Matthew Stafford grading among top 10 NFL QBs this season

PFF Analyst and former NFL QB Zac Robinson breaks down the factors behind Matthew Stafford's 2016 success.

| 6 months ago
Matthew Stafford

(Leon Halip/Getty Images)

Matthew Stafford grading among top 10 NFL QBs this season

Detroit Lions quarterback Matthew Stafford is in complete control of his game.

The eight-year pro is in the midst of his best season to date, and heads into Week 14 as Pro Football Focus’ seventh-highest-graded QB, with an 86.4 mark. Stafford’s steady and clutch play in critical moments has seen the Lions rattle off wins in seven of their last eight games, putting Detroit in the driver’s seat for the NFC North race title, at 8-4. The gunslinger at heart has pulled the reigns back on his game in his past 13 months, with a more disciplined and structured approach.

Matthew Stafford career grades

Let’s make this clear from the start: Matthew Stafford is still Matthew Stafford. He’s still the ultimate feel-player at quarterback—he’s creative, athletic, and possesses one of the best overall arms in the NFL. We’ve all seen what he is capable of doing, but Detroit offensive coordinator Jim Bob Cooter has extracted the best out of the player Stafford is. Since Cooter took over in Week 8 of the 2015 season, it can be argued that Stafford has played as well as any quarterback in the NFL, posting a 41:9 touchdown-to-interception ratio in that span. He’s been disciplined and efficient, finding the perfect mixture of playing within the structure of the offense and cutting loose with what he does best outside of the scheme when needed.

No Calvin Johnson? No problem

Heading into the 2016 season, many observers—PFF analysts included—wondered what Stafford would look like without WR Calvin Johnson, who announced his retirement. Johnson’s absence has in fact changed Stafford’s approach—and arguably made him a better player. The current crop of Detroit pass catchers, with Golden Tate, Marvin Jones, Eric Ebron, Anquan Boldin, Andre Roberts, and Theo Riddick, have had their share of drops—third-most in the NFL, with 29—but is a well-crafted group of players, each of whom possesses his own unique traits to make this offense tick. Most importantly, they all have a good feel and understanding of the passing game.

The Lions run the most spread-type of offense you’ll see in the NFL, heavily reliant on 11-personnel (one running back, one tight end), running 70 percent of their snaps from this grouping (the league average this season is 59 percent). Detroit’s spread attack has seen 80 percent of offensive plays come from the shotgun this season, the third-highest rate in the NFL. While under center, the Lions average just 4.0 yards per play, the lowest average in the league. Simply put, they understand who they are offensively, and do it well.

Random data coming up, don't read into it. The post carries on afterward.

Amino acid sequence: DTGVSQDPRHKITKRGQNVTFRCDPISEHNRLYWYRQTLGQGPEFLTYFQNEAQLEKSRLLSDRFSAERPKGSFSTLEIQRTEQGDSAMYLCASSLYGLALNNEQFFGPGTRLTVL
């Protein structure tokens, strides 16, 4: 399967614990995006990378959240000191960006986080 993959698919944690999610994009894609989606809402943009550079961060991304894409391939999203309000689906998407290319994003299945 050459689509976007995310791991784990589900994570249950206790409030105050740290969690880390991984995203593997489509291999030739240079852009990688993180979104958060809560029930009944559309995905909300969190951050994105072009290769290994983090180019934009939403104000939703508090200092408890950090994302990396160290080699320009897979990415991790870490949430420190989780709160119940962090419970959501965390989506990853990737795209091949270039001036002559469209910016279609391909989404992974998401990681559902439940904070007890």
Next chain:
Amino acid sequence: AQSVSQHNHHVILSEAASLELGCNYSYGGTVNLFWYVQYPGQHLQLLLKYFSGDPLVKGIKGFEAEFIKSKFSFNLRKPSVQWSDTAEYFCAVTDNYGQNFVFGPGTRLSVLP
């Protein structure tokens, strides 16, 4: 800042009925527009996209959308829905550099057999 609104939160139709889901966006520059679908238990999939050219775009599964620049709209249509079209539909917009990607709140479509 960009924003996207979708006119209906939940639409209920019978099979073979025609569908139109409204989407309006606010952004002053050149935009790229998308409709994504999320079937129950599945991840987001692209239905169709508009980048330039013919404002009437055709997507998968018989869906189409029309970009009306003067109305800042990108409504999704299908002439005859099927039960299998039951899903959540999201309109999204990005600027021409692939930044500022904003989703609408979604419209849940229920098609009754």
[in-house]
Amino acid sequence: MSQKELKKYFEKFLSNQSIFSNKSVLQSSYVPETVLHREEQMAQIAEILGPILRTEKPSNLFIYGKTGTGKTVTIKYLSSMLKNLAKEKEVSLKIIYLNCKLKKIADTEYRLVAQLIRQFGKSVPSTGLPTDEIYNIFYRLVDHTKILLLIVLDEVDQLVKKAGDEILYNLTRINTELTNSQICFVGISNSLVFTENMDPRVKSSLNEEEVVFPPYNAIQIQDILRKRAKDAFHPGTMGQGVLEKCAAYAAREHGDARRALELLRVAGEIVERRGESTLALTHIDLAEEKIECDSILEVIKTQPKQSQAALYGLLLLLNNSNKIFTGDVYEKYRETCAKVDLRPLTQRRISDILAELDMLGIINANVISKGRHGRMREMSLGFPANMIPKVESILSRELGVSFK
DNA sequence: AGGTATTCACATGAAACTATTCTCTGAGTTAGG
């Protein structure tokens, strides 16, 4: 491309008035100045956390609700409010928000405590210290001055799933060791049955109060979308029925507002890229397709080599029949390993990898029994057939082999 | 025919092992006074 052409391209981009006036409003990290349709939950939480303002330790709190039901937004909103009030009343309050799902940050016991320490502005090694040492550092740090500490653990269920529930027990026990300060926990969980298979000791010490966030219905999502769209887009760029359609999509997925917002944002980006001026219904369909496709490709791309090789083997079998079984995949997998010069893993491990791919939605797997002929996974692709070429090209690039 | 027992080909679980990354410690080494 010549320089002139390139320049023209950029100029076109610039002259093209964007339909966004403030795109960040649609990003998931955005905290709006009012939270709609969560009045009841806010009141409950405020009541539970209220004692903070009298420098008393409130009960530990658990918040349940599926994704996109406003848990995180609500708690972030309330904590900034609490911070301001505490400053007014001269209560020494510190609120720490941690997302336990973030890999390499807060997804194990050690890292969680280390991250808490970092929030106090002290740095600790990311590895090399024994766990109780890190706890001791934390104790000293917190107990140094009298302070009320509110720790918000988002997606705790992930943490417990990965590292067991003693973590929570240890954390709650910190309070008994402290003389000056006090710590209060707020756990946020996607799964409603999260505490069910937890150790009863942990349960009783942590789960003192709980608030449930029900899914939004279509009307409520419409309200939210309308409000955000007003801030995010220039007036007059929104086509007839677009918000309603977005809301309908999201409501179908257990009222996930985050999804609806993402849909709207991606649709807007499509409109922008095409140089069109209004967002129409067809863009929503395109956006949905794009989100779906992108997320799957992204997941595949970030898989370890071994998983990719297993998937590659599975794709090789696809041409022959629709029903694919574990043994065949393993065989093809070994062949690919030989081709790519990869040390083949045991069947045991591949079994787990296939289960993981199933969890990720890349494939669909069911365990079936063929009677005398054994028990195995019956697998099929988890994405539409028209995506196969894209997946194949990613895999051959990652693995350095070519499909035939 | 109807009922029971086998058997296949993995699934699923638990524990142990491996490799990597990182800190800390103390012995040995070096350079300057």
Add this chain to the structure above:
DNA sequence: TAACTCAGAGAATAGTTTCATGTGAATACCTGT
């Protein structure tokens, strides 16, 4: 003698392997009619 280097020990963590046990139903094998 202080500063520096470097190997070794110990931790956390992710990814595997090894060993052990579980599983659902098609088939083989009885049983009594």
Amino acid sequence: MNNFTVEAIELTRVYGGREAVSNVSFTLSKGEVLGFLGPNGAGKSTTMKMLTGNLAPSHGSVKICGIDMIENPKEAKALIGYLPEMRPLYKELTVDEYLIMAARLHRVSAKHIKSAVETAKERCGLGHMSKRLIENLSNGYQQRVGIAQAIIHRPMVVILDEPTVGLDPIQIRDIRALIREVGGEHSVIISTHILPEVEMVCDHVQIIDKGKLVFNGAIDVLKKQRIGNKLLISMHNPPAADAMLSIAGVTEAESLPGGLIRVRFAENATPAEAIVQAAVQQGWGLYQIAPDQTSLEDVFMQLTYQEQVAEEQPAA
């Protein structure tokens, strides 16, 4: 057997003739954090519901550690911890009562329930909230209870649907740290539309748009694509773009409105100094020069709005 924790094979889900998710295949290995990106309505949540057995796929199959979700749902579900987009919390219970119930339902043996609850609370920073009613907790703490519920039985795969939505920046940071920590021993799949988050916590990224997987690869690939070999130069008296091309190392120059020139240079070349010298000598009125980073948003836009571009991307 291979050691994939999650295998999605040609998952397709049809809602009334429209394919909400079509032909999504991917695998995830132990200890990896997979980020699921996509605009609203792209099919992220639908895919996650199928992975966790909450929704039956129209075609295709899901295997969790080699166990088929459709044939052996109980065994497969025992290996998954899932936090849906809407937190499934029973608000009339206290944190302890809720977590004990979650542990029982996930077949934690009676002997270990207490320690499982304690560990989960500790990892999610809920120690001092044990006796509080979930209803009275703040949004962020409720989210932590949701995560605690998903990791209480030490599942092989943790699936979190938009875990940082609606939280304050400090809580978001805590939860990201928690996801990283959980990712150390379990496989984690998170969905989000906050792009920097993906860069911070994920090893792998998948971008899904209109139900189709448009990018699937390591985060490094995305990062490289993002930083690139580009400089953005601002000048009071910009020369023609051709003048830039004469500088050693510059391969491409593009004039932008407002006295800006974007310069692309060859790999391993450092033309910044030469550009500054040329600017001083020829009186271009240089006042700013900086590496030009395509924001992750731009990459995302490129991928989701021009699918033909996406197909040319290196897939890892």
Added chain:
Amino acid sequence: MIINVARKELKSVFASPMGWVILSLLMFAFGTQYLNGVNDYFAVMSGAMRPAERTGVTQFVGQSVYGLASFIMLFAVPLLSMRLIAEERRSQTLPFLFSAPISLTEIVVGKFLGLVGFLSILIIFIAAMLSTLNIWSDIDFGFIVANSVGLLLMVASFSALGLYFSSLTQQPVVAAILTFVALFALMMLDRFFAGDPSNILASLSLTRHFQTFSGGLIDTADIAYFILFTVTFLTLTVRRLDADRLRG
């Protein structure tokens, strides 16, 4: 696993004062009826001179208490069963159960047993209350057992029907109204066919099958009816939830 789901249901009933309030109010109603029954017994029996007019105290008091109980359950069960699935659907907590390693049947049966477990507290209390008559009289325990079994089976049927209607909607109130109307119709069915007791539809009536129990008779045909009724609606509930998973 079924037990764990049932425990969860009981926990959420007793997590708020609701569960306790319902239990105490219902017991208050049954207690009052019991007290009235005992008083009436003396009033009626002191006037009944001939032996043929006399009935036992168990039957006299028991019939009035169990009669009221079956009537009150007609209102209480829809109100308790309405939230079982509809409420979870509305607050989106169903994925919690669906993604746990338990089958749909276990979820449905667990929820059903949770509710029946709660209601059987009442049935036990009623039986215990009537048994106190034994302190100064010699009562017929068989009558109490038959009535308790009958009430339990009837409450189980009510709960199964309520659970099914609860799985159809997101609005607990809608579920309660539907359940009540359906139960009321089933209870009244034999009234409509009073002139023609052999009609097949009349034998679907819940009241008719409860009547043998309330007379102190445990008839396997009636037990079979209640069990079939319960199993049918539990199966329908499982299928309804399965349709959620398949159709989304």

Limited rushing attack bending offensive approach

A lack of a consistent running game has not made things easier for Stafford and the Lions’ offense, as they average just 81.2 yards per game on the ground, the 29th-best mark the league. The absence of a dependable rushing attack for quarterbacks typically means added pressure as they are forced to carry the load. For Detroit this season, however, Cooter has found ways to alleviate the pressure on Stafford with run-pass options (RPOs) and a very efficient screen game. Stafford has attempted the second-highest percentage of screen passes this season, with 13.9 percent of pass plays coming on WR/TE end and RB screens. Cooter will often take the pressure off of Stafford and the Lions’ offensive line in 3rd-and-long situations, as they have run screens on 3rd-and-7 or more 20.6 percent of the time—the highest rate in the NFL.

While Stafford is known for his gun for an arm and ability to stretch the field, he’s attempted just 10.2 percent of his passes 20 or more yards downfield, the 27th-highest rate out of 34 qualifying QBs this season. When he does take his shots downfield, however, he’s been effective, posting a 114.8 passer rating on such throws (ninth-best in the NFL). This offense has been built to be a precise, quick-timing passing attack. Stafford’s average depth of target of 7.5 is tied for the third-shortest mark in the NFL, just ahead of Kansas City’s Alex Smith and Minnesota’s Sam Bradford.

Success versus pressure

The Lions’ offensive line isn’t necessarily a stout pass-protecting group, but they are an improved unit over previous seasons, and are benefitting from the well-designed offensive scheme. Stafford has been under pressure 30.9 percent of the time, the 24th-highest rate in the league, and has played extremely well when under duress. He currently holds the sixth-best passer rating under pressure, with an 81.7 mark. Opponents often try to speed up Stafford’s clock with blitzes in the early parts of games, but his 102.8 mark is 12 points ahead of league average against the blitz. Just ask the Saints, who in Week 13 decided to blitz 61.7 percent of the time, and got burned doing so; Stafford completed 68 percent of his passes for 222 yards, two touchdowns, and a passer rating of 122.4 on such snaps. Most impressively, Stafford has yet to throw an interception versus the blitz this season.